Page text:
Residents fight traffic trouble

Mountain View Estates neighbors 'need a permanent solution'


Residents of Mountain View Estates are determined to make North Steamboat Boulevard safer for children on bicycles, and they're equally determined to persuade City Council members to respond to their concerns.

"Part of being a kid is riding your bike down your street," said Cindy Ptach, who lives in the area. "They can't do that up here."

Neighbors say there simply are too many drivers who speed along the neighborhood road.

In one spot, North Steamboat Boulevard curves so sharply that a parabolic mirror has been installed on a post to give motorists approaching from opposite directions an early glimpse of pedestrians and one another. There are no sidewalks in the neighborhood.

Ptach is part of a neighborhood task force to take its traffic issues to the City Council. She acknowledges that city staff and the police department have stepped up patrol efforts.

"They responded to my concerns immediately, and we're very grateful," Ptach said. "But we still struggle with the speed of traffic and continue to be in danger when we want to take a simple walk or bike ride in our neighborhood. We need a permanent solution."

The traffic on the main road in the neighborhood south of Fish Creek Falls Road changed noticeably three years ago. That's when the developers of The Sanctuary subdivision followed through on a promise to the city to build a road connecting the two segments of Steamboat Boulevard. The other section of Steamboat Boulevard begins at Mount Werner Road and used to come to a dead end along the back nine of the Sheraton Steamboat Golf Club.

Motorists can use the road to get from the neighborhoods on Fish Creek Falls Road to the base of the Steamboat Ski Area. And home building in The Sanctuary is adding construction trucks to the growing amount of traffic.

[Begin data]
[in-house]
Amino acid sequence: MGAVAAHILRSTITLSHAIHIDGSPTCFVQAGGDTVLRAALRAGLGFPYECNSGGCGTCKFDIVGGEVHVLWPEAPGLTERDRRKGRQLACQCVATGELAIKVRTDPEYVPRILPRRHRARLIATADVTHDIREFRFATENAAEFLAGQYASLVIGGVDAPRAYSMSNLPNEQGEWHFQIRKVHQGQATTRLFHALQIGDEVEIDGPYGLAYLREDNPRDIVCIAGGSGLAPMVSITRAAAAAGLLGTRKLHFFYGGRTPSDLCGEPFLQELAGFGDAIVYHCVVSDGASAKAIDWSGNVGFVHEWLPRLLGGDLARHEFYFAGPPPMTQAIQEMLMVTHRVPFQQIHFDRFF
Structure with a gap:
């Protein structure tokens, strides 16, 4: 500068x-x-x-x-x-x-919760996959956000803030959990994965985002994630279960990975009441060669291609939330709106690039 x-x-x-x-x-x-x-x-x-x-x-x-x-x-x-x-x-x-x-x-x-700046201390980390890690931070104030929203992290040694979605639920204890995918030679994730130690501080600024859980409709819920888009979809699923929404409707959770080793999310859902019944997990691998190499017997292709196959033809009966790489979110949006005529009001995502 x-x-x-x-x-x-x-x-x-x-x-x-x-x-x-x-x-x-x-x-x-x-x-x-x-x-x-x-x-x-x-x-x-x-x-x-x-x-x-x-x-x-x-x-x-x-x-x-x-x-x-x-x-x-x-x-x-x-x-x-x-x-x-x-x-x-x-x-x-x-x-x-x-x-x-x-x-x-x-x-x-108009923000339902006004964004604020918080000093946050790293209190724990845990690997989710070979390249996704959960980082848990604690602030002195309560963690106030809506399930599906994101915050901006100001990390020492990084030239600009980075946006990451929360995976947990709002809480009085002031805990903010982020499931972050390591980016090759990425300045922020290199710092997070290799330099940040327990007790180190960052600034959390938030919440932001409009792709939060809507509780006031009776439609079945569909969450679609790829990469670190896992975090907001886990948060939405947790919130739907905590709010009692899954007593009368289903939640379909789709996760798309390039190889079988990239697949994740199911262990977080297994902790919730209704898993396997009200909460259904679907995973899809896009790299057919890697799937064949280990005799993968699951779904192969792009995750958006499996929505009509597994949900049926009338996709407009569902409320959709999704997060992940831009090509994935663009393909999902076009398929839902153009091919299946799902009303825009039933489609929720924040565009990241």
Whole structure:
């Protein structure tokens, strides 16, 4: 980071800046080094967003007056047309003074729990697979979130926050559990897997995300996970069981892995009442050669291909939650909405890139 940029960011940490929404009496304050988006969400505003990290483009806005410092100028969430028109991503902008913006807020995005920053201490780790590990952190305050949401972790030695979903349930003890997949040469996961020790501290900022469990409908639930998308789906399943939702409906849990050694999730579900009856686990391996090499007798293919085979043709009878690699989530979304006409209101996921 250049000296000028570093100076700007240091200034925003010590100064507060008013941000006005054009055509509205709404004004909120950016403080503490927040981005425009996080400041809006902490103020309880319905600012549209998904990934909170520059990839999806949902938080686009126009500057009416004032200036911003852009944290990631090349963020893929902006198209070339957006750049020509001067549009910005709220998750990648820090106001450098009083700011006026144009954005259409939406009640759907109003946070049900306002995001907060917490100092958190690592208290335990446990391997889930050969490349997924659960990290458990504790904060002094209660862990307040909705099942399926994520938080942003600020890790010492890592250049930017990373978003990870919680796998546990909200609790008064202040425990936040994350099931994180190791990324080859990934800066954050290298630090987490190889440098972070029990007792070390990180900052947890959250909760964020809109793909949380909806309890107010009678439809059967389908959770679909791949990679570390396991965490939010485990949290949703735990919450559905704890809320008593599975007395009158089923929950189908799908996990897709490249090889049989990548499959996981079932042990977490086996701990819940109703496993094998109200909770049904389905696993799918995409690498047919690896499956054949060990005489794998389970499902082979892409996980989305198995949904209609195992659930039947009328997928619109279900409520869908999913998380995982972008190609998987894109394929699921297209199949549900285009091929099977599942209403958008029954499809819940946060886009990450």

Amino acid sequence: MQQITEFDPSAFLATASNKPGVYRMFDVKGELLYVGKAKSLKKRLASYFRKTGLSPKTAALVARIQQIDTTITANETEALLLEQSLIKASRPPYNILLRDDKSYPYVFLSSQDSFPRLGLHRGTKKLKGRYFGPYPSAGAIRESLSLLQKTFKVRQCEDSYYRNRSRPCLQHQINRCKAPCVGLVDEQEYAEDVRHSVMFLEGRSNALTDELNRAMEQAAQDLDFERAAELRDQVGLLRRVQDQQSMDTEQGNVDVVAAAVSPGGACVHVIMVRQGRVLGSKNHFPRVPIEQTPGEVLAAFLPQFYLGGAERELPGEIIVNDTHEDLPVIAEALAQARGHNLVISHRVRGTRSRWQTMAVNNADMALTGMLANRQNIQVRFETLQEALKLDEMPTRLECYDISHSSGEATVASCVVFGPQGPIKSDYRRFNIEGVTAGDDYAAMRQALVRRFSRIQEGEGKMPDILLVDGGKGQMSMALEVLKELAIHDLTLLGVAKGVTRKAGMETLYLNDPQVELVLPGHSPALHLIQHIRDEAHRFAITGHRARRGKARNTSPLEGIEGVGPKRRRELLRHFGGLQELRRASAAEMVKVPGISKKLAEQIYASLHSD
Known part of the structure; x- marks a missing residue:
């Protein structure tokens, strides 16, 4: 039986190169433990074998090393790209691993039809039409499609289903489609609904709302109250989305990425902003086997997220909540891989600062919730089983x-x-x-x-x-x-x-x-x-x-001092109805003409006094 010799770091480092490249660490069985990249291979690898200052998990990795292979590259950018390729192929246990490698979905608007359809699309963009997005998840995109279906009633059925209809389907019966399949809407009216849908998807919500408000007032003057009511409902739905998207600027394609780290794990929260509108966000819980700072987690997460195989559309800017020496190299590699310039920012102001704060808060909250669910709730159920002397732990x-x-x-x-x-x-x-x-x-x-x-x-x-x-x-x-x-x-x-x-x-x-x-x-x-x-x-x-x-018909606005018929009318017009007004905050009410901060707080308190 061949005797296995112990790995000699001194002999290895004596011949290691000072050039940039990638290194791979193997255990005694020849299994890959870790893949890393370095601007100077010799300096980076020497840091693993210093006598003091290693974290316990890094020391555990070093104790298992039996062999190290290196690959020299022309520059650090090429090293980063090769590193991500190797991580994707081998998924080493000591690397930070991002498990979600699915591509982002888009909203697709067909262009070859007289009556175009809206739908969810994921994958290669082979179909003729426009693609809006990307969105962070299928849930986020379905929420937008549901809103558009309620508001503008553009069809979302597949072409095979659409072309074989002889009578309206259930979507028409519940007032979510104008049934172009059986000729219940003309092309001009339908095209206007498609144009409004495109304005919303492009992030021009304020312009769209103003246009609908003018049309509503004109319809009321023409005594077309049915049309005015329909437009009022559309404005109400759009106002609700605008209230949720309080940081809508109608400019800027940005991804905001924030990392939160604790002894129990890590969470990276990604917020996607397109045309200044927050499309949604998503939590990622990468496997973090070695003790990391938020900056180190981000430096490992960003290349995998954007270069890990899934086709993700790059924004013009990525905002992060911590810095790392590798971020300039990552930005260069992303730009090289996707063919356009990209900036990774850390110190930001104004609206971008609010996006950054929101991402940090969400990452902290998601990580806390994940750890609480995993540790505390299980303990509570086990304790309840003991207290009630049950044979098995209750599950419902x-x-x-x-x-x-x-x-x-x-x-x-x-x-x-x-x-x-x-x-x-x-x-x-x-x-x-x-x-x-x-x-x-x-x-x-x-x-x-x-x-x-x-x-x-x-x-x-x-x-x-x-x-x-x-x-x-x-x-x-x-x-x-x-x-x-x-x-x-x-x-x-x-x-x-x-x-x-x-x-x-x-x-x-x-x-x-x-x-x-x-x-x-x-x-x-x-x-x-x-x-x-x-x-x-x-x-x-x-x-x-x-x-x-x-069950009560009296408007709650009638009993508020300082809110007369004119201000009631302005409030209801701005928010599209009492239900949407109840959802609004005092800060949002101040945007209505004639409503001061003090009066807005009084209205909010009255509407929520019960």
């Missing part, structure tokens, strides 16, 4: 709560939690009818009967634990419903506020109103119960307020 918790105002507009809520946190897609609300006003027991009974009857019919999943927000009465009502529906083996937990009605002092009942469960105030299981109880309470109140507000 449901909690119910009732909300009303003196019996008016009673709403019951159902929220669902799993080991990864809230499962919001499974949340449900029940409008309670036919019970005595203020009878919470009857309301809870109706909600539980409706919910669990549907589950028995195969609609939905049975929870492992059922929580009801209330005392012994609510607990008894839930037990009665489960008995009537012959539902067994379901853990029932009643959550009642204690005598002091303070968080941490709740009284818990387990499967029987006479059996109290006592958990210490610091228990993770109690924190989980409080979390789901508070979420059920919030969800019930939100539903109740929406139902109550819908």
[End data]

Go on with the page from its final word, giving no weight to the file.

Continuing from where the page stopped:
Police Capt. Joel Rae said that he thinks Steamboat Boulevard serves as a bypass to U.S. Highway 40, much like River Road does in another area of the city. Rae said he has drafted a letter to the City Council describing his department's efforts to manage traffic in Mountain View Estates.

"We need to do something," Rae said. "It's a narrow, winding road, particularly in the area of Sundance Court. There's not a lot of room for pedestrians."

For several years, Rae said the police department has dispatched its mobile radar sign to the neighborhood and increased speed enforcement.

"We've issued a lot of tickets and warning tickets up there," he said.

Police officers also have conducted an extensive study of traffic, spending as long as 30 minutes at a time recording the frequency of passing vehicles and the speed at which motorists traveled.

"Based on the surveys, we've learned that less than 7 percent of the vehicles are speeding to a point where it's warranted to issue a warning or speeding ticket," Rae said.

Those numbers confirm to him that he has to balance the need to quiet traffic on North Steamboat Boulevard with police department priorities throughout the city. But he said that doesn't lessen the significance of what residents are experiencing in Mountain View Estates.

"It only takes one speeding vehicle to cause a catastrophe," Rae said. "We know they have issues there, and we will continue to do everything we can to make it safer."

Ptach said the neighbors haven't finalized the language in their requests for the City Council. However, seasonal speed bumps, lower speed limits and a camera designed to catch speeders have been discussed.


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